I've come to see managing this controlled chaos like a fine dining experience. The fancy wine cornette to pour the wine into your glass from, drinks infused with exotic fruits or the seemingly excessive required utensils that each serve a purpose to help you better experience the 6, 8,10 ...courses that remain. A lot of the time we are focused so much on the future that we all rush through to get to dessert! Will it be sweet and savory, bold and flavorful or will we be too full and sip coffee instead. Therapy, after specialist, after doctor and it's easy to get lost in the "what's next". The rehab the therapies the monitoring and all everyone sees is that delicacy at the end of the meal. But what about your hors d'oeuvres? Your entrée ? These are things to savor as well.
Even when time is at its worst. In the thick of the deepest despair we need to remember to SAVOR it. Each morsel of life we have we need to cherish. We are still here. A baguette sword and china plate to shield we are ready at a moments notice eternally en garde. We carefully chew around the brittle bones of poor news and uncertainty and relish in each spoonful. If you're always waiting for the next course you will never truly appreciate and enjoy what is on your plate. Sure it may be exciting and wonderfully delicious or the maybe waitstaff will drop the tray and spoil your food. We can't predict what comes next. I have made it a point to really appreciate what is in front of me and teach my children to do the same. There's so much energy placed on "later" we hyper focus on these "goals" that we lose ourselves in the process of getting there. Life isn't about the destination it's about the journey. Don't focus so much on dessert that you don't savor what is on your plate. Live life with a banquet of options, add the hot sauce and try something new à la carte,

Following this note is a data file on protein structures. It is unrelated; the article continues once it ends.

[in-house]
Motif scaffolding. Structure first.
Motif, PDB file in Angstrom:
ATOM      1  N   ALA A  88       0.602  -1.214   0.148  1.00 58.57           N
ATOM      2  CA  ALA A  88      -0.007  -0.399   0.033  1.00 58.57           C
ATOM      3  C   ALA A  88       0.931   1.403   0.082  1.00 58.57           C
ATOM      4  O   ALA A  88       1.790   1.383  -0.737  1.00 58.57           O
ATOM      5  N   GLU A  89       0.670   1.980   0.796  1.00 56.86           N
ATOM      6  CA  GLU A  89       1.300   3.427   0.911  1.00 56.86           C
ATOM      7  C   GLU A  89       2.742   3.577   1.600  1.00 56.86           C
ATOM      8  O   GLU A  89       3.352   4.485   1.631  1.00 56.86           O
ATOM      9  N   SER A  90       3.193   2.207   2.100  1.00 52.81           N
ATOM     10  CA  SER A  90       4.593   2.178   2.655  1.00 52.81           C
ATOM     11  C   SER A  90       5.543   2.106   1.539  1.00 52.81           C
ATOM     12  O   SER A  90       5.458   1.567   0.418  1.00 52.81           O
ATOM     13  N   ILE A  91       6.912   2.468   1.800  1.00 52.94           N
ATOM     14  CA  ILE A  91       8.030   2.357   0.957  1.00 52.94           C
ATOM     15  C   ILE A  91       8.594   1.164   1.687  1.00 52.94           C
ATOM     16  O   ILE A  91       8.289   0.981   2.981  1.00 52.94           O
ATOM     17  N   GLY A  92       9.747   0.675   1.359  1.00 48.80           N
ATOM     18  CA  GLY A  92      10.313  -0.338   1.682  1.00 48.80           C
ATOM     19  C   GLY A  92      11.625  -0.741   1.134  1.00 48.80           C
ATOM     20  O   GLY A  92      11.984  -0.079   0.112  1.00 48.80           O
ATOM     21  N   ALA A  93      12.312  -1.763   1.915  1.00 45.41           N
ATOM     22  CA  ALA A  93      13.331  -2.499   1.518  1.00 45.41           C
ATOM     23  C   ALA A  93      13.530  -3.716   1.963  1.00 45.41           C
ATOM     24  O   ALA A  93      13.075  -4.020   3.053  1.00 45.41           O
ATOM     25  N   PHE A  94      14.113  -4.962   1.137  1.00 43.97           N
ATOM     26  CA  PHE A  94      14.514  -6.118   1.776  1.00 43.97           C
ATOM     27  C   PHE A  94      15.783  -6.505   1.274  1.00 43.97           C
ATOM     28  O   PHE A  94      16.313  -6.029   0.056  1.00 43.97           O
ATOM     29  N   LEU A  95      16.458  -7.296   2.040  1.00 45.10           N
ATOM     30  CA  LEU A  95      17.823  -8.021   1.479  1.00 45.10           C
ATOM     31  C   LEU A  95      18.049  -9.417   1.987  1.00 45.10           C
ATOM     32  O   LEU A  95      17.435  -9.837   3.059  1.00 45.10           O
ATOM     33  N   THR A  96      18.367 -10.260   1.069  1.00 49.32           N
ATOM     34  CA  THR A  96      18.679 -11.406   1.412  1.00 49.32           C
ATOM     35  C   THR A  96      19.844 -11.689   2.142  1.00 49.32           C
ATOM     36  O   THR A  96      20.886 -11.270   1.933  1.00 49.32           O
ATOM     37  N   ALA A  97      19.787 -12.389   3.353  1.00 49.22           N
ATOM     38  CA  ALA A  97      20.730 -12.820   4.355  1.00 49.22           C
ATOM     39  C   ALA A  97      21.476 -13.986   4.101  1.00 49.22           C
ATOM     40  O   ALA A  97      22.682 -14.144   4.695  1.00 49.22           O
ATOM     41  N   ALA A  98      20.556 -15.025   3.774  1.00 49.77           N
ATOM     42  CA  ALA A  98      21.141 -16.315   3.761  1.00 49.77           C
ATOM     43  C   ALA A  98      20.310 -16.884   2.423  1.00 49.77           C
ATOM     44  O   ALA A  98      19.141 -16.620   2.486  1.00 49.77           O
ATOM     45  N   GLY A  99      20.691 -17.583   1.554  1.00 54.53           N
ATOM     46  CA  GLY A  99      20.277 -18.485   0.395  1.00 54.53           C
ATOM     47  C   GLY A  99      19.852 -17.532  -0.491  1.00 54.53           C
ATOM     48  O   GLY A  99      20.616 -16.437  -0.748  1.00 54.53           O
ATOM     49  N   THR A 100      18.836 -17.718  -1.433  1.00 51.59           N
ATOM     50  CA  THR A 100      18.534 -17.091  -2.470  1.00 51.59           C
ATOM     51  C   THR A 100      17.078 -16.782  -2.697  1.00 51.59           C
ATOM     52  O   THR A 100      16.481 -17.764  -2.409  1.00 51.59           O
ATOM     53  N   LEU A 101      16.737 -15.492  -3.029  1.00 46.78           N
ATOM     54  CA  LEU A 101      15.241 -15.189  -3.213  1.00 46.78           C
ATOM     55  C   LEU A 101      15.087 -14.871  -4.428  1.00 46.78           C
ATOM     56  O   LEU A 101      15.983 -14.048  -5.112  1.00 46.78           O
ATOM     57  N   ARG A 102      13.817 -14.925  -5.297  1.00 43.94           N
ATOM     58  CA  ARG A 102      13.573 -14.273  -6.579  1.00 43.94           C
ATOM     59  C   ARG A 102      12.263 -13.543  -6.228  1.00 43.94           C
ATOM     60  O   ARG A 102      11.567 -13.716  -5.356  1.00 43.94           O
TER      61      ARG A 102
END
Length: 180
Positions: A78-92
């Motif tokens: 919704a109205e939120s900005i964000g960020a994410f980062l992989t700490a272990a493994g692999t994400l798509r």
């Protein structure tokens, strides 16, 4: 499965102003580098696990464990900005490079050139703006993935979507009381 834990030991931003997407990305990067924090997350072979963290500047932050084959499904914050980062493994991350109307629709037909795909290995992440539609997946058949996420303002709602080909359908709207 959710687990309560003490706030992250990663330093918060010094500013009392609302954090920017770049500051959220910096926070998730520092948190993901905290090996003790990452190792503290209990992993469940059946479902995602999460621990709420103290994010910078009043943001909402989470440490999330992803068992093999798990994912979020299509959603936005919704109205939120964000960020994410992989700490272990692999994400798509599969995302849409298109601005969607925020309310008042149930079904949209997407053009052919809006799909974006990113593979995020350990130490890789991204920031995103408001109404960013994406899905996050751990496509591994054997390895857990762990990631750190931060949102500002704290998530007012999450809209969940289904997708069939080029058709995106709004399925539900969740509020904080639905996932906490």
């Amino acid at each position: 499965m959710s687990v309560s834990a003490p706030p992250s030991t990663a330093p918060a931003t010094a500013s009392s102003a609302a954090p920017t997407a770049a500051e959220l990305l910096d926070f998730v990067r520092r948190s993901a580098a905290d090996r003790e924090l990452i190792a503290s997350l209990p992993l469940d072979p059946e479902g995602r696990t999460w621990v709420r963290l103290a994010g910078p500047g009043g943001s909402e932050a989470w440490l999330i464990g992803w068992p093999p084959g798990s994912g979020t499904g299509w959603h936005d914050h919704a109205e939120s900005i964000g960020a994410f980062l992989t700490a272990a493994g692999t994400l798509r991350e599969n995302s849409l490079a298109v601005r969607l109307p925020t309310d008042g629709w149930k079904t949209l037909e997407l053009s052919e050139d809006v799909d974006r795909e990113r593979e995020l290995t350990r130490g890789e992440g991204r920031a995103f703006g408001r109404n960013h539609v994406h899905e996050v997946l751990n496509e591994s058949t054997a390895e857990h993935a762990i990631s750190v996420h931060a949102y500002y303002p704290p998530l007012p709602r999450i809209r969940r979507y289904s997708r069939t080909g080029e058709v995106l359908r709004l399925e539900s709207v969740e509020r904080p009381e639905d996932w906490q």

Dessert is a tray away but for now I am savoring the most delicious spoon full my taste buds could ever imagine.
By Joanna Mechlinski
The very idea of summer goes hand in hand with fun for most people. But unfortunately, as with any other time of year, the season poses some potentially serious health hazards – including ticks.
Most people understand that ticks cause Lyme disease. But the fact is, ticks are actually responsible for numerous other diseases, depending on the type of tick. Many of them are quite rare. One of them is Powassan virus, which causes encephalitis and meningitis. About 10% of those with the virus die; about 50% of survivors are left with permanent neurological damage. Other tick-borne diseases include Rocky Mountain spotted fever, which often presents with a rash and can lead to amputation of arms, legs, fingers or toes in serious cases due to blood vessel damage; Anaplasmosis, transmitted by the black-legged tick and leading to vague symptoms such as fever, chills, malaise and muscle aches, which may be easily confused with a variety of other diseases.
It’s even possible to succumb to a type of paralysis caused by a toxin in tick saliva. According to the CDC, tick paralysis generally strikes children or the elderly, starting in the lower body and moving upwards. While symptoms usually subside within 24 hours of tick removal, due to the way many symptoms can mimic other diseases, it can be difficult for medical professionals to realize that a tick is responsible in the first place.